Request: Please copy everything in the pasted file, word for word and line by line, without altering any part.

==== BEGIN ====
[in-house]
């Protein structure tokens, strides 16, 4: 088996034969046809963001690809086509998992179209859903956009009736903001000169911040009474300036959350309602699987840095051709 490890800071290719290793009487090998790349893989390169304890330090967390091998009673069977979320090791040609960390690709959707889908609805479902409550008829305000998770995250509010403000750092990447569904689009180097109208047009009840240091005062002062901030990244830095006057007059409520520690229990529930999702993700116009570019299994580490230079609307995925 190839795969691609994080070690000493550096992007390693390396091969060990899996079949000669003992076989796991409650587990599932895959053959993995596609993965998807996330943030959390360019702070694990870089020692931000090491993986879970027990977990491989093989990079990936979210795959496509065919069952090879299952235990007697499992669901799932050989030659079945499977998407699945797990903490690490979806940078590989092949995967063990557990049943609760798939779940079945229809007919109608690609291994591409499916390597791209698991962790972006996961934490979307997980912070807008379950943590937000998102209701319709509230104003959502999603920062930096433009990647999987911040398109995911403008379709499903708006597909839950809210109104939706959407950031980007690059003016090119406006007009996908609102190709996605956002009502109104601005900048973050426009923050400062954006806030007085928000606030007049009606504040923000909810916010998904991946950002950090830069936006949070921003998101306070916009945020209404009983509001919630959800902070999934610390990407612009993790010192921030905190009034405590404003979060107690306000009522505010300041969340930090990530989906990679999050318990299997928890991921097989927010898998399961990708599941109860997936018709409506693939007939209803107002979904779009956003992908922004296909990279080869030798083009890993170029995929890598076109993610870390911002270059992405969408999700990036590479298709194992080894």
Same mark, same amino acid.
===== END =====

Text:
[in-house]
């Protein structure tokens, strides 16, 4: 088996034969046809963001690809086509998992179209859903956009009736903001000169911040009474300036959350309602699987840095051709 490890800071290719290793009487090998790349893989390169304890330090967390091998009673069977979320090791040609960390690709959707889908609805479902409550008829305000998770995250509010403000750092990447569904689009180097109208047009009840240091005062002062901030990244830095006057007059409520520690229990529930999702993700116009570019299994580490230079609307995925 190839795969691609994080070690000493550096992007390693390396091969060990899996079949000669003992076989796991409650587990599932895959053959993995596609993965998807996330943030959390360019702070694990870089020692931000090491993986879970027990977990491989093989990079990936979210795959496509065919069952090879299952235990007697499992669901799932050989030659079945499977998407699945797990903490690490979806940078590989092949995967063990557990049943609760798939779940079945229809007919109608690609291994591409499916390597791209698991962790972006996961934490979307997980912070807008379950943590937000998102209701319709509230104003959502999603920062930096433009990647999987911040398109995911403008379709499903708006597909839950809210109104939706959407950031980007690059003016090119406006007009996908609102190709996605956002009502109104601005900048973050426009923050400062954006806030007085928000606030007049009606504040923000909810916010998904991946950002950090830069936006949070921003998101306070916009945020209404009983509001919630959800902070999934610390990407612009993790010192921030905190009034405590404003979060107690306000009522505010300041969340930090990530989906990679999050318990299997928890991921097989927010898998399961990708599941109860997936018709409506693939007939209803107002979904779009956003992908922004296909990279080869030798083009890993170029995929890598076109993610870390911002270059992405969408999700990036590479298709194992080894």
Same mark, same amino acid.